I am not excusing their behavior as they need to be able to handle it, especially when their server status affects the bank accounts of real people. But I feel that it is understandable with out condoning it. The simplest explanation is likely correct in this case.
I don't think many of us could have predicted the volume and interest in BTC a year ago and neither did Coinbase's purchasing and infrastructure teams.
Given the recent increase in news about cryptocurrency I've expected "technical difficulties" with Coinbase. Heck, most mining pools are sweating bullets right now.
Hypergrowth = hyperpains.
hypergains = hyperpains
Coinbase has been my recommendation to anyone new to the scene who wants to buy/use bitcoin.
And obviously once finished, move all funds to paper wallet.
It's absolutely bonkers amounts of growth!
Edit: more concrete numbers:
In January of 2016 they had around 2.6 million users.
On November 29th they announced they had over 13 million users.
I don't know how much computing power is actually needed when you're just buying BTC. When I used Coinbase recently to take a small BTC position, I only made maybe 4 transactions in total. Is this really a lot to handle?
I'd imagine you can't use scaling tricks like eventual consistency or simple sharding here. Traders are going to be pissed if their most up to date information from the exchange is a second behind what they can see.
It's already at the point where they have a line in their FAQ for the GDAX API that tells people where to colocate from for the lowest latency.
And all of that data needs to be stored damn-near indefinitely, and securely. And integrated with traditional financial systems.
I'd love to see some information on what it actually takes, as i'm just guessing here, but seeing as there aren't any bitcoin exchanges that can seem to keep the servers running smoothly during spikes, i'm guessing it's not a trivial problem to solve.
I'm not saying it's impossible, but the amount of growth they have seen is substantial and unprecedented. Nobody could have predicted it, and the rate of increase just keeps going up.
They are clearly new in this space, as all cryptocurrency companies are. I don't think that means that they should just give up and go home because they couldn't keep the servers up during spikes of insane activity...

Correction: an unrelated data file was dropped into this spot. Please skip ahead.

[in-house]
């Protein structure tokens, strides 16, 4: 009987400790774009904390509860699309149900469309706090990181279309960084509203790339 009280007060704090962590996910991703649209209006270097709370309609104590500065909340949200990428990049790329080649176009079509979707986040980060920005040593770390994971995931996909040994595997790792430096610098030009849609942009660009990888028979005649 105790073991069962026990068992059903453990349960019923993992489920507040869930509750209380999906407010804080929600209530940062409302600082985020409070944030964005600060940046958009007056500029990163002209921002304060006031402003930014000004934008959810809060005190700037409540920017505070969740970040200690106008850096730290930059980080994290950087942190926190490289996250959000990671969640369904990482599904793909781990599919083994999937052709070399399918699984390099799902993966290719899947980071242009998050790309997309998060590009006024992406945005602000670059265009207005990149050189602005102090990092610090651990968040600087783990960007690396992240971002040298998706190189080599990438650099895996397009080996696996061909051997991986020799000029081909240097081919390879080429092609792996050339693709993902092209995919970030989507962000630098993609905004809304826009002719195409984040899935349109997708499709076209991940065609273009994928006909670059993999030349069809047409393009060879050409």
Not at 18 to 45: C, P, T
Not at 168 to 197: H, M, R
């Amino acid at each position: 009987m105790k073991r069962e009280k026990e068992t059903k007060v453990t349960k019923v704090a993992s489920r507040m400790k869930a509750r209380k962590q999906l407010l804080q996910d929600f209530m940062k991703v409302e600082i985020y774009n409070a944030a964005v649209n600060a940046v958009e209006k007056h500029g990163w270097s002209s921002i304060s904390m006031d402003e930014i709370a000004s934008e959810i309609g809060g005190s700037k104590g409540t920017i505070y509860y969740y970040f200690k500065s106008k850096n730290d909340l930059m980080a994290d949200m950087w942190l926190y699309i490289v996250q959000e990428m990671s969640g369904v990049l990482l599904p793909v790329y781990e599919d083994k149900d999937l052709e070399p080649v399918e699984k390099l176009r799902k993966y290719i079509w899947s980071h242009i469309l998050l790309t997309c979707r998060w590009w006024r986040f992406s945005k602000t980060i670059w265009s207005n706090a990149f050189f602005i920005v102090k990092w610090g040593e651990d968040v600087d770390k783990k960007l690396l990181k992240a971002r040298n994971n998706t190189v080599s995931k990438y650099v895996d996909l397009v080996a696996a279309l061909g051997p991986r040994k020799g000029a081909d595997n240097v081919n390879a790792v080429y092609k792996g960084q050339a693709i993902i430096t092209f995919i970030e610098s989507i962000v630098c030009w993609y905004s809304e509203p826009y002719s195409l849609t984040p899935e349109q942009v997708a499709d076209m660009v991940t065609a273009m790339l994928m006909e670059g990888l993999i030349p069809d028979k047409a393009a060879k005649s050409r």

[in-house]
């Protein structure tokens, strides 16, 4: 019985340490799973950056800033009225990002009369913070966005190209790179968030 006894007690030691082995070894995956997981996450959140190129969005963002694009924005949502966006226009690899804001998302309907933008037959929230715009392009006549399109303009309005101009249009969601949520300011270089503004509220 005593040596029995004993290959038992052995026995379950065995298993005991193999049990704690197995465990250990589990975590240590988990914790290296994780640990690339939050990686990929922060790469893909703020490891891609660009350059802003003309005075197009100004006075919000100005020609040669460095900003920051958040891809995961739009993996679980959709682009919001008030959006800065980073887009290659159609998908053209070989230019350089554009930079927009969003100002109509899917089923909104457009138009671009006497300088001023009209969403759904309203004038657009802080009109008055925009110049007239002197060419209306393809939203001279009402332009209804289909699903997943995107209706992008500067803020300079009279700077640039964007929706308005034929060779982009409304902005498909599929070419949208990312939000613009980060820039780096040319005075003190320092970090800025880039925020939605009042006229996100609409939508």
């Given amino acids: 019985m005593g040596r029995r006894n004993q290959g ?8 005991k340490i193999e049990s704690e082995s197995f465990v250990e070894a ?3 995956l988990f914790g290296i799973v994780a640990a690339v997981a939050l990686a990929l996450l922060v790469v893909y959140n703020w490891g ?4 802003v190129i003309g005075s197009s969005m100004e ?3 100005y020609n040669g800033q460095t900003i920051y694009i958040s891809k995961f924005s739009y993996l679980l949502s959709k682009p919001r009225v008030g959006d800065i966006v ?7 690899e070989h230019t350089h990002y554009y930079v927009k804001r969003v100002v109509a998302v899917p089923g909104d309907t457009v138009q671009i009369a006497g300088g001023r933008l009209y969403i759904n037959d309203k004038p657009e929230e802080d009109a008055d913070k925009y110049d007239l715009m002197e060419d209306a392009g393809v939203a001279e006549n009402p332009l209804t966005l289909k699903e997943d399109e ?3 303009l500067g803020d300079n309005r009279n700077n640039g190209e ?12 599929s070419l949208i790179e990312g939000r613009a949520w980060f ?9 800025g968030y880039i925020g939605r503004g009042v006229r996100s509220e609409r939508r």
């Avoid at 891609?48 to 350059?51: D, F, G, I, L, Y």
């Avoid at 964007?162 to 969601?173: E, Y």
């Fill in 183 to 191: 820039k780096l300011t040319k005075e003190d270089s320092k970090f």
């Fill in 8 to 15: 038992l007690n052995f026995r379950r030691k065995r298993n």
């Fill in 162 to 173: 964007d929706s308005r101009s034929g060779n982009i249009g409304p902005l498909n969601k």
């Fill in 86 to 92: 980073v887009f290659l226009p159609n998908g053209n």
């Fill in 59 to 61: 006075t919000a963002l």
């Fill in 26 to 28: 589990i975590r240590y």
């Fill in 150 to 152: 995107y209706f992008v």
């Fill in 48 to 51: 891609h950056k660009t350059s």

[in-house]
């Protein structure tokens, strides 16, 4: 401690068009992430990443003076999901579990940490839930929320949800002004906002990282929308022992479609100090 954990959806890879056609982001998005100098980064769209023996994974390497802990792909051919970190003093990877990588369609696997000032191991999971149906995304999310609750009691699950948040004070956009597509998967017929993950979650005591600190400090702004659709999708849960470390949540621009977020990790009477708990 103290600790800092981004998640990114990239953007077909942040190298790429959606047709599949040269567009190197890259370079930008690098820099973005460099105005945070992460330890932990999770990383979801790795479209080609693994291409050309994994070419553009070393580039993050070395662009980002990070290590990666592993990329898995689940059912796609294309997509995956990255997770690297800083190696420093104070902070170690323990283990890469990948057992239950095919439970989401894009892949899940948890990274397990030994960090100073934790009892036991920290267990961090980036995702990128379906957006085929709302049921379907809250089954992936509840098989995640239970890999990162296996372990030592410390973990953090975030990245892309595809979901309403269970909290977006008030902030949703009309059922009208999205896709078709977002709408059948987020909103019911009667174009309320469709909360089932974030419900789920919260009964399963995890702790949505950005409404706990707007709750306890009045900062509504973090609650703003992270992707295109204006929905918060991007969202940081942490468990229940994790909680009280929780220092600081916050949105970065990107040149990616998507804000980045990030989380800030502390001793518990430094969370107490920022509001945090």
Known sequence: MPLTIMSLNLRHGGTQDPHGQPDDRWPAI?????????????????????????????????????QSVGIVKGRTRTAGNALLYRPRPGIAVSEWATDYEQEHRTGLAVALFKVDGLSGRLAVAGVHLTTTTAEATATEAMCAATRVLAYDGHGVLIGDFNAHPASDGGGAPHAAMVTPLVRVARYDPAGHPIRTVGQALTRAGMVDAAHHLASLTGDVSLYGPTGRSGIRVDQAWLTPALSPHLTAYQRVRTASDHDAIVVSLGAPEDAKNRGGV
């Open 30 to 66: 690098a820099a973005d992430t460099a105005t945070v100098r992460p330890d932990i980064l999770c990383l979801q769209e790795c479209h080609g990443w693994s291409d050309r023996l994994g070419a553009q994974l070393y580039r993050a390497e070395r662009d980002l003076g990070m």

And a lot more operating capital, too.
They have to scale at the rate their revenue or financial backers will be able to sustain. Based on the number of new users signing up to the service the down time is not yet a significant deterrent. If use drops because of downtime they will likely need to reevaluate a large capital spend to solve the issue.
I think I would have predicted that they'd need to run at a very large scale, and be able to handle massive spikes. Whether or not I could have convinced them to make the investment is another story.
It's a gamble no matter what, but moving too quickly or moving too slowly results in the company going under.
In that case, I think straddling the line of "overwhelmed when there is a big spike" is a good spot to be in all things consitered.
Currently they are signing people up at a dramatic rate despite their server issues. If they start laying people off because they spun up to fast they could start a panic that would kill them.
They have to weigh all of this in when deciding on an infrastructure spend.
I would also like to think from a purely personal level that they don't want to hire and fire people like that as these are real people with real families involved.
Scaling is a solved problem. You have AWS, Google Cloud, and MS Azure to choose from with financial institution/HIPAA-level offerings.
By most engineers in the field it is a difficult problem with ongoing work.
Also, your system gets more and more complex as you scale. More monitoring systems needed, more attack vectors to watch for, deployment systems, backup systems... Imagine the security level coinbase needs to have. It's somewhat unprecedented since a hack could make off with a lot of valuable assets in an instant. (even just from their hot-wallet)
You saying scaling is solved makes me question what you think their infrastructure looks like. It's not just an AWS loadbalancer with some shards behind it. It's A LOT more complex than that.
At least with the Cabal theories you know someone knows what's going on. You might even have someone to blame/jail at the end of the tunnel!
Are they not using cloud, which should enable easy scaling? Or is their architecture not designed for good scaling?
Most distributed systems don't really scale ass you add nodes beyond a factor of 10 to 100. If they did, you wouldn't need to hire super expensive people to handle those systems.
Cloud solves everything guys!!! Yes buy more Cloud now that's 10% down in the exchanges lol...